DRC president to send ambassador to Israel

  • felix DRC
The president of the Democratic Republic of the Congo (DRC), Félix Tshisekedi, has announced that he will appoint an ambassador to Israel for the first time in 20 years.
by TALI FEINBERG | Mar 05, 2020

Speaking at the annual AIPAC (American Israel Public Affairs Committee) Policy Conference in Washington on 1 March, Tshisekedi said, “After more than 20 years of inadequate representation, I will name an ambassador extraordinary and plenipotentiary of the state of Israel in the coming days.”

At the moment, there is a DRC embassy in Tel Aviv, but it’s headed by a chargé d’affaires – a diplomat who heads an embassy in the absence of an ambassador. There is also an Israeli honorary consulate in Kinshasa, headed by Honorary Consul Aslan Piha.

“Relations between my country and Israel have long been lethargic. Yet we have huge areas of convergence, interests in security, economics, culture, and science,” said Tshisekedi at the AIPAC conference. He began his address by saying, “Shalom”, and was given a standing ovation as he walked on stage.

He said his “personal history” and Christian faith made him a “good friend of the Jewish people and a fervent defender of their cause. I have the deepest respect for the prophetic character of the history of this nation and its destiny. Israel is at the heart of our Judeo-Christian civilisation.”

He shared that the chief rabbi [of Brussels], Albert Guigui, is scheduled to visit the DRC to “strengthen our spiritual ties”.

The DRC president said his ambassador would be stationed in Tel Aviv, but “an economic section will be created and operated by high-level personnel whose mission will be to promote economic relations between the two states. With our embassy being in Tel Aviv, I find no disadvantage to the economic section being established in the holy city of Jerusalem.”

Currently, only the United States and Guatemala have embassies in Jerusalem, recognising the city as Israel’s undivided capital.

Naming numerous Jewish and Israeli leaders of the past, he said, “This nation is a source of inspiration. It teaches us what mankind can achieve in a short time when one has will, resilience, and above all, divine grace and favour.”

He also expressed his support of the Trump peace plan and a two-state solution for the region, and promised to visit Israel this year.

Israel once boasted warm ties with the DRC when it was known as Zaire, first restoring relations in 1982, according to a report in the Jerusalem Post. However, these ties deteriorated in the late 1990s and early 2000s during the First and Second Congo War. The last Israeli ambassador to Kinshasa left in 2003.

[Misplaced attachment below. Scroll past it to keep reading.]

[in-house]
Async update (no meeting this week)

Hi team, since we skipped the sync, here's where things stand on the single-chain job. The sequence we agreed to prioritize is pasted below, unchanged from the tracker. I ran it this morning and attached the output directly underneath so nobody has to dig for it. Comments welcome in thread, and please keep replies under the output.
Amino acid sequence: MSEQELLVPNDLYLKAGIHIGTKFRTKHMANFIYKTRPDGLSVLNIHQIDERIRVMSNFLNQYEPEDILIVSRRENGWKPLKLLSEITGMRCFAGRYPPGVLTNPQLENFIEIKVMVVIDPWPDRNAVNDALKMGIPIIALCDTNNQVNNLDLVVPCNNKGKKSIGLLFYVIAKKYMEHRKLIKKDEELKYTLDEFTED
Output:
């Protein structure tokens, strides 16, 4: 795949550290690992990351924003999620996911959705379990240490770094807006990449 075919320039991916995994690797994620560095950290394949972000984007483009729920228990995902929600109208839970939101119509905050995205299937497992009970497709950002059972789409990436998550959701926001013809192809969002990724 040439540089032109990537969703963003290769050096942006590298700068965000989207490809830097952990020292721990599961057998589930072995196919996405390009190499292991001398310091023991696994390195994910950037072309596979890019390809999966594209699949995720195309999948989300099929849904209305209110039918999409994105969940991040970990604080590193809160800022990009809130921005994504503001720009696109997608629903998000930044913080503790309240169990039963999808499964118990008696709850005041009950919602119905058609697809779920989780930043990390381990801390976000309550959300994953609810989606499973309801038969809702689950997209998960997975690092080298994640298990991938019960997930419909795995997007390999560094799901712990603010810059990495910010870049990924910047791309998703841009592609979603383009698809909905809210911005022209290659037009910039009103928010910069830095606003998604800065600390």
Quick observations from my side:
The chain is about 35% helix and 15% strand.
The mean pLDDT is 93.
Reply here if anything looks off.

The move comes hot on the heels of Prime Minister Benjamin Netanyahu’s trip to Uganda in early February, where the Israeli leader made the surprise announcement of formalising ties with the African Arab state of Sudan.

“This move is motivated by genuine interest in Israeli expertise. It’s also further evidence of outreach to Africa having had some success. Netanyahu has visited Africa four times since 2018, and the foreign ministry has put energy into developing ties with African states,” says Steven Gruzd, foreign policy analyst at the South African Institute of International Affairs.

“AIPAC’s conference is a big and important stage,” says Gruzd. “It was used to showcase this diplomatic win for the interim Netanyahu government. It’s interesting that it [the DRC embassy] will have a commercial section in Jerusalem, when Tel Aviv is the business hub. Maybe this is the DRC hedging its bets? Israel would welcome any presence in the capital.”

Local political analyst Daniel Silke believes the move is a combination of two factors: Israel’s efforts to strengthen ties to African states, and African states hoping to curry favour with the US, using Israel as a conduit.

He thinks that making such an announcement at the AIPAC conference “plays directly into the understanding by the DRC that AIPAC has had a very good history with [US] President Donald Trump and the Republican administration. By announcing it there specifically, it’s an indication that this is partially to improve relations [with Israel], but clearly also the DRC is indirectly talking to the Trump administration and wanting to ingratiate itself.”


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